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January 19, 2017

New York Appellate Court Recognizes Members' Rights To Bring Direct Claims Against Parties Who Allegedly Caused Group Self-Insurance Trusts To Go Defunct

The Appellate Division, Third Department has recently issued an Opinion and Order in Accredited Aides Plus, Inc. v. Program Risk Mgmt., Inc. that recognized the rights of former members of defunct group self-insurance workers compensation trusts ("GSITs") to pursue claims for monetary damages against parties that allegedly caused the GSIT to become insolvent.

GSITs were designed to allow members in a common industry to pool their resources into a self-insurance plan that would cover their workers compensation claims. As detailed in prior Barclay Damon alerts, for over a decade now, the Workers Compensation Board has been assuming control of GSITs and levying assessments on the members for substantial amounts of money in order to make up the deficit caused by the parties that oversaw them, based upon the GSITs joint several liability. This matter involved one such Trust, the Healthcare Providers Self-Insurance Trust ("HCPSIT") which was mostly comprised of home healthcare providers, some of whom brought a complaint against the parties that allegedly caused HCPSIT's $188 million deficit. Barclay Damon has represented those members in the proceeding. In the decision, the Appellate Division provides insight on the viability of certain causes of action, particularly those that the members could maintain directly and those that belonged to the Trust itself to pursue.

In response to the lawsuit, the trust's program and claims administrators denied liability and requested the complaint be dismissed against them. The trial court found that many of the claims should be dismissed because the members lacked legal standing to sue. However, the Appellate Division reversed, finding the members could be intended beneficiaries of the agreements between the Trust and the professional defendants, and therefore could pursue claims directly against them. The Appellate Division further found that the members successfully alleged a claim for the breach of the duty of good faith and fair dealing, a core theory of the Trust members' case. The Court also upheld claims of fraud, fraud in the inducement and negligent misrepresentation because these claims were designed "to vindicate plaintiffs' personal rights rather than to obtain redress on behalf of the Trust," and thus the members could pursue them.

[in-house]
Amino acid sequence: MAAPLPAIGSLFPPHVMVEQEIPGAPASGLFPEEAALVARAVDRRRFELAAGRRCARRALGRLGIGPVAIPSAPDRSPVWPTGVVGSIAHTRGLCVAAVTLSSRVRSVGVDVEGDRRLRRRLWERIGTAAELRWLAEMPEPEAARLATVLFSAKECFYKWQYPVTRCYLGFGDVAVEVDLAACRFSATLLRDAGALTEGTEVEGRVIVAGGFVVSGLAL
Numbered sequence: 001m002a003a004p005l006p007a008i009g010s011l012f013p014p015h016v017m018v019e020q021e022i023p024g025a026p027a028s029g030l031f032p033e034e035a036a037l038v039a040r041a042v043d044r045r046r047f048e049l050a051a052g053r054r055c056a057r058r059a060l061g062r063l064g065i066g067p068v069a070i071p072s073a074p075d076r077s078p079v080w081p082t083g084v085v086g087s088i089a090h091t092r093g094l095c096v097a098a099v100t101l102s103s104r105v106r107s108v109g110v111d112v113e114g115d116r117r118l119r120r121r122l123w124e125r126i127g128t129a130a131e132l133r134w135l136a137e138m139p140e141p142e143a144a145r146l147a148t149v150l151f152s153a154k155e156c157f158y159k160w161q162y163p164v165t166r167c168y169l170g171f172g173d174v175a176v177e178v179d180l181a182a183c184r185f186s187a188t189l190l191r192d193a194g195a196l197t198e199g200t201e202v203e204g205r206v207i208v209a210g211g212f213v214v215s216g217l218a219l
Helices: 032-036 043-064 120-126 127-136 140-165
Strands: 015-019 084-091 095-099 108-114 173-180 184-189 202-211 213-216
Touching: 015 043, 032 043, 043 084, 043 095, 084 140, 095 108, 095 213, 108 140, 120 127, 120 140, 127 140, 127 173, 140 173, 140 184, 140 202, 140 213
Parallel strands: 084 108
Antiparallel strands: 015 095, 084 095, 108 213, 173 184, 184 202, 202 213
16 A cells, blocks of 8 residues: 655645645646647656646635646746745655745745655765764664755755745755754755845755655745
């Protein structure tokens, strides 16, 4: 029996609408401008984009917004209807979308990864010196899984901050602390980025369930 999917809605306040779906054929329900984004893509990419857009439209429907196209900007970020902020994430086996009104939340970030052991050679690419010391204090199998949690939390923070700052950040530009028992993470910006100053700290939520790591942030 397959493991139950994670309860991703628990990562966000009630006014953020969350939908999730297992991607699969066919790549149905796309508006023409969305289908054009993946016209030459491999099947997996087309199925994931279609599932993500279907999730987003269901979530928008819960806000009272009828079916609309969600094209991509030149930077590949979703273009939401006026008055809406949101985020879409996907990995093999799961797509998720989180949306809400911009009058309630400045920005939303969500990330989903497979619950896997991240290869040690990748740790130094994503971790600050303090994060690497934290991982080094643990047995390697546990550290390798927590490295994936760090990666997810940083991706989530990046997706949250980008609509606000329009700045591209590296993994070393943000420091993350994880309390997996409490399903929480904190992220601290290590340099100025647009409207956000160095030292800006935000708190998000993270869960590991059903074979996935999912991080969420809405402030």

Perhaps most significant precedential holding was that the members had established a proper claim against the Trust administrator for violations of New York's consumer protection laws found in General Business Law Sections 349 and 350 which prohibits deceptive business practices and false advertising. This was the first instance in an appellate case involving a GSIT where such claims have been deemed actionable. The Appellate Division disagreed with the lower court's dismissal of this claim, finding the members had alleged that the administrator's actions "were directed or had a broader impact on consumers at large." In doing so, it distinguished its prior holding in State of N.Y. Workers Comp. Bd. v. 26-28 Maple Ave., 80 A.D.3d 1135 (2011), holding "the conduct of business organizations may be found to be consumer oriented where it is alleged that consumers at large may potentially be affected." These claims, which carry the potential of attorney's fee awards and exemplary damages, can provide important legal advantages to consumers (including small businesses) asserting claims involving deceptive and/or fraudulent conduct.

The decision is important for consumers in general and for trust members in particular who have brought claims against the parties who caused Trust's deficit for which they are currently being assessed.

The full text of the decision can be found here:

If you have questions or require further assistance regarding the information contained in this Legal Alert and the impact on your organization, please contact David M. Cost at, or Linda J. Clark, Chair of the Barclay Damon Health Care Controversies Practice Area at


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